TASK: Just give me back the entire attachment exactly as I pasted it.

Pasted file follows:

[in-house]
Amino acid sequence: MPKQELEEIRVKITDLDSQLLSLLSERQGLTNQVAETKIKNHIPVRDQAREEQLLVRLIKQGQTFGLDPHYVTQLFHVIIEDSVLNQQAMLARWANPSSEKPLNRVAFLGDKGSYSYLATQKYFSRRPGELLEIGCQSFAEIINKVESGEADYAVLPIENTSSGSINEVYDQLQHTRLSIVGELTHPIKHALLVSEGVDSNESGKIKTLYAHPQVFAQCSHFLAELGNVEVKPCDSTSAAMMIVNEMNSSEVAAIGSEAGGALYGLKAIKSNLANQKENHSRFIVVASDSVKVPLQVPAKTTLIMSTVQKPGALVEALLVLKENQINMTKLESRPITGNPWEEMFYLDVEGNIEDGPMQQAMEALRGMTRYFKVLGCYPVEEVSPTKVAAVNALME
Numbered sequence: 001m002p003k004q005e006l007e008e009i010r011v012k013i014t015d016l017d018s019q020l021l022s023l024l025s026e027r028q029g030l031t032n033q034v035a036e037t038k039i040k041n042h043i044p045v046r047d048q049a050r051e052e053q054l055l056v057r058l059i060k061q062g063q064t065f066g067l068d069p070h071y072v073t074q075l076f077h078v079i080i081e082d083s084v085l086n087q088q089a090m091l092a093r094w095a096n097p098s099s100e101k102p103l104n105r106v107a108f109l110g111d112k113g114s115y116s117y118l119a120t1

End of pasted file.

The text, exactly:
[in-house]
Amino acid sequence: MPKQELEEIRVKITDLDSQLLSLLSERQGLTNQVAETKIKNHIPVRDQAREEQLLVRLIKQGQTFGLDPHYVTQLFHVIIEDSVLNQQAMLARWANPSSEKPLNRVAFLGDKGSYSYLATQKYFSRRPGELLEIGCQSFAEIINKVESGEADYAVLPIENTSSGSINEVYDQLQHTRLSIVGELTHPIKHALLVSEGVDSNESGKIKTLYAHPQVFAQCSHFLAELGNVEVKPCDSTSAAMMIVNEMNSSEVAAIGSEAGGALYGLKAIKSNLANQKENHSRFIVVASDSVKVPLQVPAKTTLIMSTVQKPGALVEALLVLKENQINMTKLESRPITGNPWEEMFYLDVEGNIEDGPMQQAMEALRGMTRYFKVLGCYPVEEVSPTKVAAVNALME
Numbered sequence: 001m002p003k004q005e006l007e008e009i010r011v012k013i014t015d016l017d018s019q020l021l022s023l024l025s026e027r028q029g030l031t032n033q034v035a036e037t038k039i040k041n042h043i044p045v046r047d048q049a050r051e052e053q054l055l056v057r058l059i060k061q062g063q064t065f066g067l068d069p070h071y072v073t074q075l076f077h078v079i080i081e082d083s084v085l086n087q088q089a090m091l092a093r094w095a096n097p098s099s100e101k102p103l104n105r106v107a108f109l110g111d112k113g114s115y116s117y118l119a120t1